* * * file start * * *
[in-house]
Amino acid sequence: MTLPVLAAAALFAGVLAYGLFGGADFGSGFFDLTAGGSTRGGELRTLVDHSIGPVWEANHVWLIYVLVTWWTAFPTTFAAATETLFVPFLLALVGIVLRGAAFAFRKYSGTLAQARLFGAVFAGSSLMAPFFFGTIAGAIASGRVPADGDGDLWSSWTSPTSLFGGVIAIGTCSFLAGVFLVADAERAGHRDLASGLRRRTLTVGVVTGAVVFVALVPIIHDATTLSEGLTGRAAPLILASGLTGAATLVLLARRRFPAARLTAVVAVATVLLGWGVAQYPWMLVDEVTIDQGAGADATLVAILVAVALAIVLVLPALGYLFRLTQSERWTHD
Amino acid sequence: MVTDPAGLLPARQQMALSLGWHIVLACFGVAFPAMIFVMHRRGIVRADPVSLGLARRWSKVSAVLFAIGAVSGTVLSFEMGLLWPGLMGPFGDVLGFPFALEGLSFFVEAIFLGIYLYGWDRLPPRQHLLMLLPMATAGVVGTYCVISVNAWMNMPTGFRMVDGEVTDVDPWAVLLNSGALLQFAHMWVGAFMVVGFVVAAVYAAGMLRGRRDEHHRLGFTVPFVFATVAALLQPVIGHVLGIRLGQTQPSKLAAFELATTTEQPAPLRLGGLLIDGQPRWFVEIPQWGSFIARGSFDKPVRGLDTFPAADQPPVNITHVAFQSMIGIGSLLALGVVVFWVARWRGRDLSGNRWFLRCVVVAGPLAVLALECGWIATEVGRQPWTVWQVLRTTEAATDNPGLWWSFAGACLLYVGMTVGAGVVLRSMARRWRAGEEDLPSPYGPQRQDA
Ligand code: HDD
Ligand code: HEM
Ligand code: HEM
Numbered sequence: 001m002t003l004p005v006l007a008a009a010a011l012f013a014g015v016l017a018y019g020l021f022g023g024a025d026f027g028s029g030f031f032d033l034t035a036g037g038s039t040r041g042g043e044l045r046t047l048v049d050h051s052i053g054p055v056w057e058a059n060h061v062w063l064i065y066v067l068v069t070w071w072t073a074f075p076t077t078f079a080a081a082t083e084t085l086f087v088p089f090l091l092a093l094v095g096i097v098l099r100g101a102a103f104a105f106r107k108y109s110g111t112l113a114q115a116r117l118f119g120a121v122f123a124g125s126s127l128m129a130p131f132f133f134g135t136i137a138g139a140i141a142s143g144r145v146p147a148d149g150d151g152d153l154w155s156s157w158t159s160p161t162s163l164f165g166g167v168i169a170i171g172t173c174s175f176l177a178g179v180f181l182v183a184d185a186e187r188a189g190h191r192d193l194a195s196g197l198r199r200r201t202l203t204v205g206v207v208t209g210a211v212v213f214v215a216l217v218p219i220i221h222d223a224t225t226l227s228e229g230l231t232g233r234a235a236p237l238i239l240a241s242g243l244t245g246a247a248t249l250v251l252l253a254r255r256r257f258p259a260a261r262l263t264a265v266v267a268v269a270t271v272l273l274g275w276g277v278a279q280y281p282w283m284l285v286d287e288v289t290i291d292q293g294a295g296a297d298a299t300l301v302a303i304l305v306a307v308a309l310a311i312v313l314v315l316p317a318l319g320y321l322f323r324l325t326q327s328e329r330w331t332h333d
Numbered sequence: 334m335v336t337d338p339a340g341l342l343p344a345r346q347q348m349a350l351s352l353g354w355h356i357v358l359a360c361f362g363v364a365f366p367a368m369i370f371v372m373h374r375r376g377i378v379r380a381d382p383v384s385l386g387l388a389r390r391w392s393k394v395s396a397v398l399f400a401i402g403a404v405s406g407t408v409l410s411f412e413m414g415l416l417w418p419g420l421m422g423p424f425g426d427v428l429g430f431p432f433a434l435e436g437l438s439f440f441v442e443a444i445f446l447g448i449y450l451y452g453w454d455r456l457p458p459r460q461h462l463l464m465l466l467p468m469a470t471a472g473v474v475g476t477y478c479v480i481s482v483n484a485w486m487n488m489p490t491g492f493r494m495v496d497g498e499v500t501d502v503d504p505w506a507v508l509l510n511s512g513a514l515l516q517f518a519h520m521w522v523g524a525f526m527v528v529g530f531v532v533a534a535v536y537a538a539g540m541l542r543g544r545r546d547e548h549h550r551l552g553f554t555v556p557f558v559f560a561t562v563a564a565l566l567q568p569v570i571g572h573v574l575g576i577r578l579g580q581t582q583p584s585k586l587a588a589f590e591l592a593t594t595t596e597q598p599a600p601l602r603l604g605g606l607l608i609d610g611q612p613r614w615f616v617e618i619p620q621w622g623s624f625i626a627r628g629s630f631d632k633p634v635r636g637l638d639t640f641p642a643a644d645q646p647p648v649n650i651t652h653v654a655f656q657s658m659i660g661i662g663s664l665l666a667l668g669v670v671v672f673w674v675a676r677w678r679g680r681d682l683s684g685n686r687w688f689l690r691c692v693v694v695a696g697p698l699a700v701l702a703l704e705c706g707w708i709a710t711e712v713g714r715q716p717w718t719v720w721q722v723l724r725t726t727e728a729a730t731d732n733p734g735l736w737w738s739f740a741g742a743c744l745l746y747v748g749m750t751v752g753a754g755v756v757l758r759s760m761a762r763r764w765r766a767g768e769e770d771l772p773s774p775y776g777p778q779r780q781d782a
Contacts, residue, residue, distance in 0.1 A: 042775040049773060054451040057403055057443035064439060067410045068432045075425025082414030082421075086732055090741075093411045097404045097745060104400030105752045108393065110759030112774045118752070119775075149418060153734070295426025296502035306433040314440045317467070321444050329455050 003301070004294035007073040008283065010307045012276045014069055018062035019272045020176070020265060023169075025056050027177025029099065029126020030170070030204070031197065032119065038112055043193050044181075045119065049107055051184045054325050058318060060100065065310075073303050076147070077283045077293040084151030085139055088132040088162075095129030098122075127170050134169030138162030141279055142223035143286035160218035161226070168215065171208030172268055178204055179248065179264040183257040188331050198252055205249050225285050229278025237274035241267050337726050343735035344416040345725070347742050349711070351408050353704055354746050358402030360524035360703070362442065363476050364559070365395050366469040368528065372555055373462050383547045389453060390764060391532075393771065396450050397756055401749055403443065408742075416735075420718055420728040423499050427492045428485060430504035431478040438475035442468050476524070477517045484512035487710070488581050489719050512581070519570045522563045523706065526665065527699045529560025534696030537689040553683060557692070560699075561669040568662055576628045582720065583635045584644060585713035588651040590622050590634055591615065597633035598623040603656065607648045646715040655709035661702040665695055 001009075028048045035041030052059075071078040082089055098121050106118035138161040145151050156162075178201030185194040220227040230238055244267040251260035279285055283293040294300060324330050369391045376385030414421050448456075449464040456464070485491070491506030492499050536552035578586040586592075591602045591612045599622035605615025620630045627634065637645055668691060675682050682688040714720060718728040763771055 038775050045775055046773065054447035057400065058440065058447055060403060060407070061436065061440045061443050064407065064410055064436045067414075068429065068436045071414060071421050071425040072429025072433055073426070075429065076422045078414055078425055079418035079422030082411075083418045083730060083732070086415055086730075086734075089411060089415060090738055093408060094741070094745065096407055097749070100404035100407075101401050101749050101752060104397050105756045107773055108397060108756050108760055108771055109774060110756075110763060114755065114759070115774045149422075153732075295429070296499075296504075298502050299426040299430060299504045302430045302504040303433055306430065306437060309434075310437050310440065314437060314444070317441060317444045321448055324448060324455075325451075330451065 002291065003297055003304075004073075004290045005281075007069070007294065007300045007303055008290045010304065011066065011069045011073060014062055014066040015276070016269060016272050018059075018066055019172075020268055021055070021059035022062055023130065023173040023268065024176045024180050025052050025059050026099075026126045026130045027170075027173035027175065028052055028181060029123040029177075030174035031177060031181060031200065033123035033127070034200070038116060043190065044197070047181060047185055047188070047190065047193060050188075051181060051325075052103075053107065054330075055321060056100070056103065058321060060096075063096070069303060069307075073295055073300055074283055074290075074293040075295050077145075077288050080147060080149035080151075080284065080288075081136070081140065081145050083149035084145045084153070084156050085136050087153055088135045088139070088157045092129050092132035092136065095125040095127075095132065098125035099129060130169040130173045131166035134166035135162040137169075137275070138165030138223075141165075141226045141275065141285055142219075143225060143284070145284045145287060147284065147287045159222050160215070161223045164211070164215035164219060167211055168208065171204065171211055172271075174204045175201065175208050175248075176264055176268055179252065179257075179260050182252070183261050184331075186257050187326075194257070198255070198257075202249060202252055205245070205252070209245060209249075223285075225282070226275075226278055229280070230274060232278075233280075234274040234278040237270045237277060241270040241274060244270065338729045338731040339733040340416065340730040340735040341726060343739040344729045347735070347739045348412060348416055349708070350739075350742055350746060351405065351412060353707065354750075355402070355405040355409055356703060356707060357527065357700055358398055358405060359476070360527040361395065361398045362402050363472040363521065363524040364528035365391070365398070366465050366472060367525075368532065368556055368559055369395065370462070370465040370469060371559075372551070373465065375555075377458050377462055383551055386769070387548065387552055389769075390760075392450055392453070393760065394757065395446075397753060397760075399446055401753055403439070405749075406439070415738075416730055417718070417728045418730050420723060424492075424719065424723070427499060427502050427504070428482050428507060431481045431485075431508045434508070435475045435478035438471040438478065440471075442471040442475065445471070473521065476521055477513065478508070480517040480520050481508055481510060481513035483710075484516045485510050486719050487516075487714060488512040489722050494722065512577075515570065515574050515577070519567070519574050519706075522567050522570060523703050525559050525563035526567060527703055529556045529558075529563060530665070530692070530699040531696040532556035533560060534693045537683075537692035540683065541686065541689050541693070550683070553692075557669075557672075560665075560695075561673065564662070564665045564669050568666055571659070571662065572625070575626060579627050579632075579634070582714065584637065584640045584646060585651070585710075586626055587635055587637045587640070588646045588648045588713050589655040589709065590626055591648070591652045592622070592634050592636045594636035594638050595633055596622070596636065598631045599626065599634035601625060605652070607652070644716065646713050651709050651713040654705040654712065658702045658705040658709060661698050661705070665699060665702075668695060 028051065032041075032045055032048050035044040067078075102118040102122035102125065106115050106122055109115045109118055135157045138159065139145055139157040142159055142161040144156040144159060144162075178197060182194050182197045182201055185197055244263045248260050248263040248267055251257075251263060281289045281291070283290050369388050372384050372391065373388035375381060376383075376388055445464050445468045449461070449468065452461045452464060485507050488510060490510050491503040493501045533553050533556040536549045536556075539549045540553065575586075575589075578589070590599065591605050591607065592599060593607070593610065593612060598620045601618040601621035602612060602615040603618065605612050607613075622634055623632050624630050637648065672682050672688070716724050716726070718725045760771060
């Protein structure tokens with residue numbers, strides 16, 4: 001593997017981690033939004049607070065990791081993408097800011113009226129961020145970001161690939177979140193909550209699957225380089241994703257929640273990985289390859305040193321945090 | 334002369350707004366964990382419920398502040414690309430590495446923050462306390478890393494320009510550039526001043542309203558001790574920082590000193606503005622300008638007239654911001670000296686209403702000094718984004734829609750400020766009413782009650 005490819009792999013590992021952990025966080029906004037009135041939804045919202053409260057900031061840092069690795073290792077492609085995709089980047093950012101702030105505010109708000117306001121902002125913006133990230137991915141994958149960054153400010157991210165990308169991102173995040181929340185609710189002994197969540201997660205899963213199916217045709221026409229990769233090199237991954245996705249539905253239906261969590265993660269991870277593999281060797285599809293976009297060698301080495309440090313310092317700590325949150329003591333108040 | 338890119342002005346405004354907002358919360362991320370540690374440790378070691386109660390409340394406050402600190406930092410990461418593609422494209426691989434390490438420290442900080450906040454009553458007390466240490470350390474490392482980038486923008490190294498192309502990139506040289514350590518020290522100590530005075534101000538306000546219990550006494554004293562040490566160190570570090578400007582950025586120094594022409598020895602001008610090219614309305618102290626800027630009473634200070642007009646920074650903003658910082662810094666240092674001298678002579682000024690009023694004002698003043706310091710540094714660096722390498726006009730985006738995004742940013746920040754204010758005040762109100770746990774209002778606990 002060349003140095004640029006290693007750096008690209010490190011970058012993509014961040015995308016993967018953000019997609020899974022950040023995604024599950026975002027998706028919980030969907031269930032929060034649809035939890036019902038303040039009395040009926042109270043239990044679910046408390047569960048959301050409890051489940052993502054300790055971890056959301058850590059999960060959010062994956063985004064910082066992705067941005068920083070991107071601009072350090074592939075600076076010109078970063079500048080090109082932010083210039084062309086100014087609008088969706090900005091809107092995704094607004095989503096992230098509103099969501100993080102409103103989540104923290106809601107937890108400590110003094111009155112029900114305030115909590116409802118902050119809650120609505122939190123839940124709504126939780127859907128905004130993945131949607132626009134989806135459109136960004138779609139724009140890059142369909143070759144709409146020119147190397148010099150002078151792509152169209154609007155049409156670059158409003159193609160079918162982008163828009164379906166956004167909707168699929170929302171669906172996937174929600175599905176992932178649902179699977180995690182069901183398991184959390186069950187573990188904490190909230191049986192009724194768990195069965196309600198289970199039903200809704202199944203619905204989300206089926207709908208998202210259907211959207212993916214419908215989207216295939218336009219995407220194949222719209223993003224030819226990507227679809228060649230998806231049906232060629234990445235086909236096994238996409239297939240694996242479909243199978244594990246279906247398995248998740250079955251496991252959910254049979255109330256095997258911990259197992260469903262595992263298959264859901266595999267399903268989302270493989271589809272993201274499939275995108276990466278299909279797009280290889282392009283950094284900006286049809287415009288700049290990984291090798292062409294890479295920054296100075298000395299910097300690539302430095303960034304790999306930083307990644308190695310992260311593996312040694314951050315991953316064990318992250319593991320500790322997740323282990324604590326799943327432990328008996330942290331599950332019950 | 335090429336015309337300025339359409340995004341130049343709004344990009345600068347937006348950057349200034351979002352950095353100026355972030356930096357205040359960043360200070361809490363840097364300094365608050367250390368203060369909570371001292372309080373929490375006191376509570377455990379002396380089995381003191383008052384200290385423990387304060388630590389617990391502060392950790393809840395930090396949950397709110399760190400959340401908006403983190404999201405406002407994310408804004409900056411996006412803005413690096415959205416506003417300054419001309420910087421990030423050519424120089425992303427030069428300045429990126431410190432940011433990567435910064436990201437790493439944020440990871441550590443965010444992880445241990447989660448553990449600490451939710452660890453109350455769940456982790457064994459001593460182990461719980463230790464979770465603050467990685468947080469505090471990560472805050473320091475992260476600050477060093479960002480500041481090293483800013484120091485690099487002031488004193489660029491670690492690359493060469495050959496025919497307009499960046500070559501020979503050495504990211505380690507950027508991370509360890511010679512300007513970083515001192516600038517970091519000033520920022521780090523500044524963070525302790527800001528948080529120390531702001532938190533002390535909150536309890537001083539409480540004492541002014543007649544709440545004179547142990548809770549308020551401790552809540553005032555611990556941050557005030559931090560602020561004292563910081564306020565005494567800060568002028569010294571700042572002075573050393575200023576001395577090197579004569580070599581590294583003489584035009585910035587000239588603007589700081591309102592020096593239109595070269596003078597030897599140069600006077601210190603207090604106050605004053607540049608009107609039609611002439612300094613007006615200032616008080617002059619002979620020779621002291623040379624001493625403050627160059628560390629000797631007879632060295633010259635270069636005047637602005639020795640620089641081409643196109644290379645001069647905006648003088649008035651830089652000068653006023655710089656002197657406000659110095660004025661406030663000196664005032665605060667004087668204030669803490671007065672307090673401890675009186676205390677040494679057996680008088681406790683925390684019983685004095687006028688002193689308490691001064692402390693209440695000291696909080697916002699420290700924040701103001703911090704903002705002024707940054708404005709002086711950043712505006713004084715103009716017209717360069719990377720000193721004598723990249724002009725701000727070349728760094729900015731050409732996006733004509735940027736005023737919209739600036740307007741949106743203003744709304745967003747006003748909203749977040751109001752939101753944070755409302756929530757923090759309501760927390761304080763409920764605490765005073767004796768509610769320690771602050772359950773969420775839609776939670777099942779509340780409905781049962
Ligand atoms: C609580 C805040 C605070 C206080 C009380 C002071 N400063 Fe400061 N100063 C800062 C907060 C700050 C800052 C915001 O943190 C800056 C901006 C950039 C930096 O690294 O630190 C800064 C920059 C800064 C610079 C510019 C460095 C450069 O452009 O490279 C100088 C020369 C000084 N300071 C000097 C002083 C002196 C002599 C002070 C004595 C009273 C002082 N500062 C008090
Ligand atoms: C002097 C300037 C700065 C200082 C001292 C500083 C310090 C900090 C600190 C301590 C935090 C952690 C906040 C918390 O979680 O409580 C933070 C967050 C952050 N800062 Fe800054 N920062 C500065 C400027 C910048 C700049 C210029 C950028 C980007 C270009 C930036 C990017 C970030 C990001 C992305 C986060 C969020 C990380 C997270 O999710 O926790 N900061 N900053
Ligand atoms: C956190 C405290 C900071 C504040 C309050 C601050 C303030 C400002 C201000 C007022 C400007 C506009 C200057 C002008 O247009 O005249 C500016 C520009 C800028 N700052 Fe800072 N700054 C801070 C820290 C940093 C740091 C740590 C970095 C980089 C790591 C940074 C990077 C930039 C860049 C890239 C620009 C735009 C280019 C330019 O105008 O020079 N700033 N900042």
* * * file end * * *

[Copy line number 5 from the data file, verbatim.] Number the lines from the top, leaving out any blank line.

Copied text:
Ligand code: HEM